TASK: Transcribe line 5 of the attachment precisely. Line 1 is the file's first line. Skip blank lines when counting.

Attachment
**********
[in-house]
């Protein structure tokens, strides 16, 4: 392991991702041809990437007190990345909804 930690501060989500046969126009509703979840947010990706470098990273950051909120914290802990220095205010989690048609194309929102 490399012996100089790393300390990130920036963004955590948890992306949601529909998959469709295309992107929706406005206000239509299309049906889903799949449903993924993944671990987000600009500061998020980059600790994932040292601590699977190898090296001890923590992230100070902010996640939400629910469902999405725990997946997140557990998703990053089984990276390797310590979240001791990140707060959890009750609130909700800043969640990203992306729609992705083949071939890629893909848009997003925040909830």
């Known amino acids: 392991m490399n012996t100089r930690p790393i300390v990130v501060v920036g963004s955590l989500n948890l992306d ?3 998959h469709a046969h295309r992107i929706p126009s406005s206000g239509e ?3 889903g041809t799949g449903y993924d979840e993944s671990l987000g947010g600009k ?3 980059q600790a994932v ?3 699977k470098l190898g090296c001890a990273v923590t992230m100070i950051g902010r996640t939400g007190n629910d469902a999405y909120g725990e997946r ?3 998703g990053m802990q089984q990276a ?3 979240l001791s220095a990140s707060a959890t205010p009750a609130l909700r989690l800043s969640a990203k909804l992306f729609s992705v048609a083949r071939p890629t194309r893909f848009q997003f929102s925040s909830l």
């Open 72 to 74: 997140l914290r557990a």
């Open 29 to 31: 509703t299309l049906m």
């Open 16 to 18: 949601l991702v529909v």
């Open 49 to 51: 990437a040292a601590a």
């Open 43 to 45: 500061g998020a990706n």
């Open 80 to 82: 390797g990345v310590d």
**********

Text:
């Open 29 to 31: 509703t299309l049906m």